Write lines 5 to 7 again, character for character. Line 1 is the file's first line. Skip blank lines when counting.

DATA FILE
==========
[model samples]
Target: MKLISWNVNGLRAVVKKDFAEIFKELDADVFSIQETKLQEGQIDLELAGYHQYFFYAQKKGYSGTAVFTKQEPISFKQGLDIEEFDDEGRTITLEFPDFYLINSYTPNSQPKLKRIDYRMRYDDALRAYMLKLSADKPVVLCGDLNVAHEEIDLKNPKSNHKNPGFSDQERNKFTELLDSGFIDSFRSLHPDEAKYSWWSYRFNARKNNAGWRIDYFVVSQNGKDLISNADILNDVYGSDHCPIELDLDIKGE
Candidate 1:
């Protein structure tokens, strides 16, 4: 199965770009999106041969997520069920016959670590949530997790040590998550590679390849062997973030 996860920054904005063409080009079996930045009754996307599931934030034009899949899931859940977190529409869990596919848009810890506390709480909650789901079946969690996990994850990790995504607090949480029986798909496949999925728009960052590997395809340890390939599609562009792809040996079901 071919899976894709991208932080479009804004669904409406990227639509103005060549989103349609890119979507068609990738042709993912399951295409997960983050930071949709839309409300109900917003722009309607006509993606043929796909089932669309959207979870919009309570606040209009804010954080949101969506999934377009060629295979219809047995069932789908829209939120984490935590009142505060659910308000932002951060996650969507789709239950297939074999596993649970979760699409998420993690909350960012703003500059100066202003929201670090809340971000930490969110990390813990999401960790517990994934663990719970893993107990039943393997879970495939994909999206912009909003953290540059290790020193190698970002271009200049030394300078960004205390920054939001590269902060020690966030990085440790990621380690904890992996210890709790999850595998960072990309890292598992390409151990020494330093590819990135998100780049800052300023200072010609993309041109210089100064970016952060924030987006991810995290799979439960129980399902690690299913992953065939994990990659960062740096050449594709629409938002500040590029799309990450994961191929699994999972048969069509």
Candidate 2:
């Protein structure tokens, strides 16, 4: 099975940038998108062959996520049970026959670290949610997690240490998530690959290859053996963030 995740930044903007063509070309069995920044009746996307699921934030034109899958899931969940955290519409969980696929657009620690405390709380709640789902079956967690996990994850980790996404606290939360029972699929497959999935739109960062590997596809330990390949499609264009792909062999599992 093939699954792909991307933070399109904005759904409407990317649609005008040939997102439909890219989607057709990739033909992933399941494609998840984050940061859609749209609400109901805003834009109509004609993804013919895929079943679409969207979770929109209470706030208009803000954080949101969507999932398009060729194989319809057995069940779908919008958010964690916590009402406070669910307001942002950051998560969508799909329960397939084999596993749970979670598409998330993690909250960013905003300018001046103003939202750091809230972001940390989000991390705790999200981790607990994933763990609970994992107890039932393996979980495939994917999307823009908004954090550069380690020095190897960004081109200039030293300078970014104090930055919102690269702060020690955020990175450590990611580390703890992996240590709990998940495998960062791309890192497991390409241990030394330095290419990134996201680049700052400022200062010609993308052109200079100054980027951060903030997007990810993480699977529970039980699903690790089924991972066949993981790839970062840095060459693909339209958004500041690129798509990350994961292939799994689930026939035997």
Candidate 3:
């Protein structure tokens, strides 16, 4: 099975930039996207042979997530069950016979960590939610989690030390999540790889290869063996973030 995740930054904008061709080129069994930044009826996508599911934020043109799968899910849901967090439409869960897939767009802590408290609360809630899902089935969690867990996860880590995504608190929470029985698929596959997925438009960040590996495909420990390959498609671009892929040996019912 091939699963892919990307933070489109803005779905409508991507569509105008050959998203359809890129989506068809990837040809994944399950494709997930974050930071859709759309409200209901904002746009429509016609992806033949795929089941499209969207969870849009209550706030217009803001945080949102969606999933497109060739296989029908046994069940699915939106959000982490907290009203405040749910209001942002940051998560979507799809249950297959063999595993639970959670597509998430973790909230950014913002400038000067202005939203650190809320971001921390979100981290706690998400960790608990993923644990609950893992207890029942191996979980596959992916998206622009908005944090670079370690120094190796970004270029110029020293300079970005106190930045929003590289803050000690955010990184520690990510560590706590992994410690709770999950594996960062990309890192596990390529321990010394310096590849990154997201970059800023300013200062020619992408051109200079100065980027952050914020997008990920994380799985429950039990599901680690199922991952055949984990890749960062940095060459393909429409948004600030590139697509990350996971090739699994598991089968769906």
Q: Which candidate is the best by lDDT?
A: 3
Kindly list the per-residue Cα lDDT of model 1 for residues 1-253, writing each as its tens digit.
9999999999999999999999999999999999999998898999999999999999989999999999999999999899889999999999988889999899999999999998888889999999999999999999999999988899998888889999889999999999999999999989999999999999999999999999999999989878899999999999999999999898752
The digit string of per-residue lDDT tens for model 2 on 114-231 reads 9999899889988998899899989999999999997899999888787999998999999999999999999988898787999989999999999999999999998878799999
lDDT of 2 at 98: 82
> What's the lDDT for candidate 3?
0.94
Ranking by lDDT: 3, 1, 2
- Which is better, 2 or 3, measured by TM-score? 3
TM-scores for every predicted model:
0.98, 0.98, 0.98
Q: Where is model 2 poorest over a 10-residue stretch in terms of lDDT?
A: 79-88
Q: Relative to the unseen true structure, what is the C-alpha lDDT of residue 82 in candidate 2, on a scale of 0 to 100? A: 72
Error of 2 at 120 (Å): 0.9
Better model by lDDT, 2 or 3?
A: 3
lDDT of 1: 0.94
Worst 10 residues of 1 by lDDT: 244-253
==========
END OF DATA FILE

Candidate 2:
């Protein structure tokens, strides 16, 4: 099975940038998108062959996520049970026959670290949610997690240490998530690959290859053996963030 995740930044903007063509070309069995920044009746996307699921934030034109899958899931969940955290519409969980696929657009620690405390709380709640789902079956967690996990994850980790996404606290939360029972699929497959999935739109960062590997596809330990390949499609264009792909062999599992 093939699954792909991307933070399109904005759904409407990317649609005008040939997102439909890219989607057709990739033909992933399941494609998840984050940061859609749209609400109901805003834009109509004609993804013919895929079943679409969207979770929109209470706030208009803000954080949101969507999932398009060729194989319809057995069940779908919008958010964690916590009402406070669910307001942002950051998560969508799909329960397939084999596993749970979670598409998330993690909250960013905003300018001046103003939202750091809230972001940390989000991390705790999200981790607990994933763990609970994992107890039932393996979980495939994917999307823009908004954090550069380690020095190897960004081109200039030293300078970014104090930055919102690269702060020690955020990175450590990611580390703890992996240590709990998940495998960062791309890192497991390409241990030394330095290419990134996201680049700052400022200062010609993308052109200079100054980027951060903030997007990810993480699977529970039980699903690790089924991972066949993981790839970062840095060459693909339209958004500041690129798509990350994961292939799994689930026939035997």
Candidate 3: